or exciters are commonly used in experimental modal analysis. The practical aspects regarding the setup of the shakers, stingers and transducers are often the source of test difficulties and avoidable measurement errors. This article reviews the basics
of shakers as beneficial to modal testing and common problems associated with setup issues and resulting measurement errors.
- Shaker alignment
- Sensor considerations
- Stinger selection
- Reciprocity assumptions
- Other test-related circumstances
A system setup for modal testing includes several measurement and test components around the structure under test itself. Typically one or more electrodynamic shakers (also called modal exciters) are employed to provide a known excitation input force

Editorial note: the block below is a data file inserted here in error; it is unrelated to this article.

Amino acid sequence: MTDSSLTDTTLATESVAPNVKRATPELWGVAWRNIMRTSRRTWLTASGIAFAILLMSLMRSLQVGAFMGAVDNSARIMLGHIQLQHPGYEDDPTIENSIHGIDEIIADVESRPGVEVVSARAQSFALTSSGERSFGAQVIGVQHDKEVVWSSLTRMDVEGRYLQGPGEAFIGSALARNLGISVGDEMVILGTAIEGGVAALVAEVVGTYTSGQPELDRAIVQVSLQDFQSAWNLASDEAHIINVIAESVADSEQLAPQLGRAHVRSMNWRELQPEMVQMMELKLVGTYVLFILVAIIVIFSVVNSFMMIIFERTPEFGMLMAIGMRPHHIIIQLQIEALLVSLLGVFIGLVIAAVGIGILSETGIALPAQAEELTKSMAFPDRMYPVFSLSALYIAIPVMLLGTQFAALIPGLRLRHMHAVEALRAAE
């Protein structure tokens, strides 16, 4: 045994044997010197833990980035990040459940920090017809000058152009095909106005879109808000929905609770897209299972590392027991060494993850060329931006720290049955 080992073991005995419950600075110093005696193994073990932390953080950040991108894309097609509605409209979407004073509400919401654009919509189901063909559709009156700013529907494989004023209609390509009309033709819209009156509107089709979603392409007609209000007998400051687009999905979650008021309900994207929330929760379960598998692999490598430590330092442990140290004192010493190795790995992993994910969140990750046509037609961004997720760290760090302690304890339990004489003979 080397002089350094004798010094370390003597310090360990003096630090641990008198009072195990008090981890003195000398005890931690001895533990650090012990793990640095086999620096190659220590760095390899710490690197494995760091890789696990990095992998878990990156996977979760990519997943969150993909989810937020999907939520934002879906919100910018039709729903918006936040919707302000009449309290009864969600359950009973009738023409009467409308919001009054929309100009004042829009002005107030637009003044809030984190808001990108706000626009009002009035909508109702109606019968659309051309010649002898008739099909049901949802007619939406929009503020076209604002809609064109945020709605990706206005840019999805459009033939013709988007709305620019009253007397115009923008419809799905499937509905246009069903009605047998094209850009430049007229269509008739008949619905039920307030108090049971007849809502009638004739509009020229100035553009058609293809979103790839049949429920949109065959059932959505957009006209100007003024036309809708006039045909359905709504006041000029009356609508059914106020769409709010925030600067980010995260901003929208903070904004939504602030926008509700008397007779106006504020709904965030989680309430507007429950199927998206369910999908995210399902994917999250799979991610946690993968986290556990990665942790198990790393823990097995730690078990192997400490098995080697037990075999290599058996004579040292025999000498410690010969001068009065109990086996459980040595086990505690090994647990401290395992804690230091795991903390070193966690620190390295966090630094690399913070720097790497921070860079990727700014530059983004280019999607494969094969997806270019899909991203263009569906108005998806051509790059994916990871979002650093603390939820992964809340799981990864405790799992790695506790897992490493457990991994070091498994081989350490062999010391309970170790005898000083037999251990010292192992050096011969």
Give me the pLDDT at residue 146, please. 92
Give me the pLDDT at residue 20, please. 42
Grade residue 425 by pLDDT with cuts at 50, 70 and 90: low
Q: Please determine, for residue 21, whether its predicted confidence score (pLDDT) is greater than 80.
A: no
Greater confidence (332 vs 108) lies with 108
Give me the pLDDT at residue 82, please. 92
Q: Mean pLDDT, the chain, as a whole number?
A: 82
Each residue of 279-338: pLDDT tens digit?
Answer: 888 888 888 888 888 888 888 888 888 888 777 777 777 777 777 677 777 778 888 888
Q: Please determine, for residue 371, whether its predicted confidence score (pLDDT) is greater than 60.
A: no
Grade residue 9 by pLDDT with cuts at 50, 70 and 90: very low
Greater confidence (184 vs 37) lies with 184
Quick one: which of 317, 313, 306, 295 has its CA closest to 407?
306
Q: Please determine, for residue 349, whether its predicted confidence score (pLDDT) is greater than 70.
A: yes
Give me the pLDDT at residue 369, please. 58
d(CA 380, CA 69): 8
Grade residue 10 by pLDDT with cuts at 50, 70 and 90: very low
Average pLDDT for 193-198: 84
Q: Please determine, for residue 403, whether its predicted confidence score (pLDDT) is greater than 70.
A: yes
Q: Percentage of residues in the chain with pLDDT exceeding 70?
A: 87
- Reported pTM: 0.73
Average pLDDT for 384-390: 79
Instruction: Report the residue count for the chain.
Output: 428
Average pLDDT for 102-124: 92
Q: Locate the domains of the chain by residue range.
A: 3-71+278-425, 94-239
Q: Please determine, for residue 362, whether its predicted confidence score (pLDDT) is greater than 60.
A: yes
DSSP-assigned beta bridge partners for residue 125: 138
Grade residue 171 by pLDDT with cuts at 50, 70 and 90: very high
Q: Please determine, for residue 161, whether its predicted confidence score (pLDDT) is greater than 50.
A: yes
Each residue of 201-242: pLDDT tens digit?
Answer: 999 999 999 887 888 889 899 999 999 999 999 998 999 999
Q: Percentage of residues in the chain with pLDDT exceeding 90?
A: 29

to the structure. Dynamic transducers are used to measure the input excitation force and the resulting vibration responses. Once data are acquired, the resulting frequency response functions (FRFs) obtained by the data acquisition system are stored
for post processing calculations, data reduction, curve fitting, and mode extraction.
In addition to all the recent advancements on the analysis side, new methods and algorithms for modal parameter extractions, the challenges of acquiring good data for experimental modal analysis are still very real. The old adage “garbage in, garbage
out” becomes more present than ever if care and attention are not paid to some of the basic practical aspects behind test setups.
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